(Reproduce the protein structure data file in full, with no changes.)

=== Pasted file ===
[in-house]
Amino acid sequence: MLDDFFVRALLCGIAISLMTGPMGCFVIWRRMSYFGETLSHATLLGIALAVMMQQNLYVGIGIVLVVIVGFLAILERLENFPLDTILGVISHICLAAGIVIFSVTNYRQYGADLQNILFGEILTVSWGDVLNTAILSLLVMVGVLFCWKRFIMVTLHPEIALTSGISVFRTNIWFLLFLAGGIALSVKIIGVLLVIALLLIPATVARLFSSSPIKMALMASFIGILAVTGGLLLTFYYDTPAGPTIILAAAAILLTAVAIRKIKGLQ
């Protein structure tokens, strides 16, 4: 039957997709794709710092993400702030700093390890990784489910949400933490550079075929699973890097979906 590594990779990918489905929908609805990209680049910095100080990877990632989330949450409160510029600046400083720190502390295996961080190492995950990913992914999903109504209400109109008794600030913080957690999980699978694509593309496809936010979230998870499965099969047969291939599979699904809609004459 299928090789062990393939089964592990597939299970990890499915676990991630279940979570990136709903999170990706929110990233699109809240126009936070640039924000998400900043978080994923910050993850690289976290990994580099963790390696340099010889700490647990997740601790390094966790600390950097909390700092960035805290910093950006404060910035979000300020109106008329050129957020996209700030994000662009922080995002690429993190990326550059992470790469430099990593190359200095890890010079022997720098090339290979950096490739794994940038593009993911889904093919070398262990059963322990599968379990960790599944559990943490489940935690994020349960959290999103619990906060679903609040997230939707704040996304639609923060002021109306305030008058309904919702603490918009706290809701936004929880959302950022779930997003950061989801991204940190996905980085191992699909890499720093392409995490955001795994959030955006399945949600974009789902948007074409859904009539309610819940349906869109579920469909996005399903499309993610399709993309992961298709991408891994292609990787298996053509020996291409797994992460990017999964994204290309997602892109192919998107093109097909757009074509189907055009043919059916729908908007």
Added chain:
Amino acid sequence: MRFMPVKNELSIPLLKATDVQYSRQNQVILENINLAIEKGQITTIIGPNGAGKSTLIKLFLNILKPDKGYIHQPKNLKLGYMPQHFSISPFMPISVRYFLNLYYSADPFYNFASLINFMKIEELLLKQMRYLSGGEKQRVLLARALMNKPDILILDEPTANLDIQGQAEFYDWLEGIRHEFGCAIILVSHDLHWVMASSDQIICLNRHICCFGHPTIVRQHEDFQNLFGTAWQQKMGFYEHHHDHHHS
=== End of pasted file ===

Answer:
[in-house]
Amino acid sequence: MLDDFFVRALLCGIAISLMTGPMGCFVIWRRMSYFGETLSHATLLGIALAVMMQQNLYVGIGIVLVVIVGFLAILERLENFPLDTILGVISHICLAAGIVIFSVTNYRQYGADLQNILFGEILTVSWGDVLNTAILSLLVMVGVLFCWKRFIMVTLHPEIALTSGISVFRTNIWFLLFLAGGIALSVKIIGVLLVIALLLIPATVARLFSSSPIKMALMASFIGILAVTGGLLLTFYYDTPAGPTIILAAAAILLTAVAIRKIKGLQ
């Protein structure tokens, strides 16, 4: 039957997709794709710092993400702030700093390890990784489910949400933490550079075929699973890097979906 590594990779990918489905929908609805990209680049910095100080990877990632989330949450409160510029600046400083720190502390295996961080190492995950990913992914999903109504209400109109008794600030913080957690999980699978694509593309496809936010979230998870499965099969047969291939599979699904809609004459 299928090789062990393939089964592990597939299970990890499915676990991630279940979570990136709903999170990706929110990233699109809240126009936070640039924000998400900043978080994923910050993850690289976290990994580099963790390696340099010889700490647990997740601790390094966790600390950097909390700092960035805290910093950006404060910035979000300020109106008329050129957020996209700030994000662009922080995002690429993190990326550059992470790469430099990593190359200095890890010079022997720098090339290979950096490739794994940038593009993911889904093919070398262990059963322990599968379990960790599944559990943490489940935690994020349960959290999103619990906060679903609040997230939707704040996304639609923060002021109306305030008058309904919702603490918009706290809701936004929880959302950022779930997003950061989801991204940190996905980085191992699909890499720093392409995490955001795994959030955006399945949600974009789902948007074409859904009539309610819940349906869109579920469909996005399903499309993610399709993309992961298709991408891994292609990787298996053509020996291409797994992460990017999964994204290309997602892109192919998107093109097909757009074509189907055009043919059916729908908007």
Added chain:
Amino acid sequence: MRFMPVKNELSIPLLKATDVQYSRQNQVILENINLAIEKGQITTIIGPNGAGKSTLIKLFLNILKPDKGYIHQPKNLKLGYMPQHFSISPFMPISVRYFLNLYYSADPFYNFASLINFMKIEELLLKQMRYLSGGEKQRVLLARALMNKPDILILDEPTANLDIQGQAEFYDWLEGIRHEFGCAIILVSHDLHWVMASSDQIICLNRHICCFGHPTIVRQHEDFQNLFGTAWQQKMGFYEHHHDHHHS